Medical Marijuana update

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Will Humble, Director of the Arizona Department of Health Services, discusses his department’s oversight of the State’s medical marijuana program and provides an update on this year’s flu season.

Ted Simons: Arizona's first medical marijuana dispensary opened up for business last week in Glendale. Another dispensary in Tucson opened yesterday. Here to talk about the new dispensaries is Will Humble, director of the Arizona Department of Health services. Good to see you again. Thank you for joining us.

Will Humble: Good evening and thanks.

Ted Simons: So we got a 25 mile zone in Glendale and now in Tucson, as well.

Will Humble: Once a dispensary is up and running, folks that live within 25 miles of that dispensary will no longer be allowed to cultivate marijuana on their own like we have been allowing up to now. The exception is that we will be grandfathering in the cards currently in folks wallets now. When they come up for renewal, we will do the math and see if they are within 25. If they are, we won't approve the cultivation.

Ted Simons: Next one set to open Cochise county?

Will Humble: Yeah, so one opened yesterday in Tucson, right? And then we approved a dispensary in Cochise county today. They are not ready to open yet. They need a week or so to get their inventory and everything ready to go. Probably Cochise county will be the third dispensary next week I'd say.

Ted Simons: Ok. Let's focus on Glendale. Any problems with their opening?

Will Humble: So far so good. Everything seems to be in compliance. Our team was out there and verified that everything was in order. And by the way, that inspection went very well. They were ready from the get-go. So, that place was -- met all of our expectations and still does.

Ted Simons: And how does the process of buying medical marijuana -- start with this one dispensary, how does it work? Is it like a grocery store? Like a pharmacy where you have to show -- how does that work?

Will Humble: Everyone has an I.D. card. Ted, let's say you have a medical marijuana card. You walk in, you have your card with you, and you meet the person at the door, behind the kiosk or whatever and you hand your card to them and they would go online and verify that that is a real card that it is not a counterfeit card. That inquiry will go to our computer data base and they will verify whether that is your card, whether we issued the card and it is valid. So now they know you are a real patient with a real card. You would have a consultation with somebody - a dispensary agent that talks with you about your medical condition and what you are asking for in terms of quantity, etc., to come up to some sort of a decision about how much to sell you, and then you would pay for the marijuana, you would get the marijuana, and you are free to go. There are some things that happen internally also inside the dispensary if you want to talk about that.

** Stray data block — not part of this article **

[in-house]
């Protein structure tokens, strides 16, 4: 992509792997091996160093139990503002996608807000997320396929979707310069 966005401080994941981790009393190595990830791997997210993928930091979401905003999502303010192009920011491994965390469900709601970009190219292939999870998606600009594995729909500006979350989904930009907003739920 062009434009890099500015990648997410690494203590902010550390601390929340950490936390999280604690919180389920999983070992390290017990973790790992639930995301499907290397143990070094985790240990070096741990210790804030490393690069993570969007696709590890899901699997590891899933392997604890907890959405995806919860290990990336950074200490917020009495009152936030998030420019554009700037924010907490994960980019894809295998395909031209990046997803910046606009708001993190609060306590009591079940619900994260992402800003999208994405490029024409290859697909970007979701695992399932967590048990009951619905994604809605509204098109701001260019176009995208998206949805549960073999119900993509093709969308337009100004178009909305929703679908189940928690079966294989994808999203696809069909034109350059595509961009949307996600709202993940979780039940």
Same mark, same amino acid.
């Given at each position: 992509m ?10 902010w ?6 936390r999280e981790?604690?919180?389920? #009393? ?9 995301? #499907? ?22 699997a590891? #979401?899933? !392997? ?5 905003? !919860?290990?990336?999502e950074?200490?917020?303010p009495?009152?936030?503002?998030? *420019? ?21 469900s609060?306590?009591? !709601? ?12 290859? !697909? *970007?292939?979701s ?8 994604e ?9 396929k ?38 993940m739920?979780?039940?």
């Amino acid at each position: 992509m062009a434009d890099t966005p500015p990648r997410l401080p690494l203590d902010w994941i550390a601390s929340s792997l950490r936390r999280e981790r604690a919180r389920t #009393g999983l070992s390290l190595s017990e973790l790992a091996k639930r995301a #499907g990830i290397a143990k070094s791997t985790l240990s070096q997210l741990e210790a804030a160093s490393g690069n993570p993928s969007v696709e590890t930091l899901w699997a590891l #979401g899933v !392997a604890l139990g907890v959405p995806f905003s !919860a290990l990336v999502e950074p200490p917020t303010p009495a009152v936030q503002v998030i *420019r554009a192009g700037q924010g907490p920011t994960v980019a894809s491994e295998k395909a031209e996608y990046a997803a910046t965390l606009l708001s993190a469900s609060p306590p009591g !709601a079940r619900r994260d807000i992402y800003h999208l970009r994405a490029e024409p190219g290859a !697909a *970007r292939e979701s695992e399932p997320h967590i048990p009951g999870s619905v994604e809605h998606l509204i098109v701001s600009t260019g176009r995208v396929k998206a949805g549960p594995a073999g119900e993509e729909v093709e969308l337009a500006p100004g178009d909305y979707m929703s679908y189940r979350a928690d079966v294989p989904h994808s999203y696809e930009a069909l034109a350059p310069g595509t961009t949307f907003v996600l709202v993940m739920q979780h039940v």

Ted Simons: Yeah. Well I hear that some of the literally labeled, things like Purple Urkle and that sort of business. Do you sit there and point it out, examine the goods? How do you choose what you want to purchase?

Will Humble: The patient gets to choose, right? Our role is to make sure that they do not buy more than 2.5 ounce every two weeks, because that's the statutory language that was used by the voters. The folks can only buy 2.5 ounces every two weeks, that is the maximum from a dispensary. So, when they made that sale we talked about, the dispensary agent goes into the computer and records how much they sold to you as the patient, and that goes into our data base. Then we have a global data base that will cover statewide just to make sure that someone is not dispensary hopping to try to get over the 2.5 ounce every two week limit.
Ted Simons: So recording that data is required?
Will Humble: Yes absolutely.

Ted Simons: Now apparently the Glendale operation is cash only. Is that required?

Will Humble: No, that is not required. They could take cash, credit cards, etc. What we do require is that the dispensary keep meticulous records about every sale, how much they sold, what the revenue was. Because remember, each of the dispensaries need to be nonprofit, that was in the the voter-approved language. These are not supposed to be profit facilities. And so we require them to keep good financial records as well as inventory and everything else. And we are going to be auditing that with some professional accountants that we hire to make sure that the books are straight and are not using the shell game.

Ted Simons: It sounds from reports as though an ounce of pot at this particular dispensary goes to $55 to $60 at this dispensary. Is that a set price or is it an open market out there?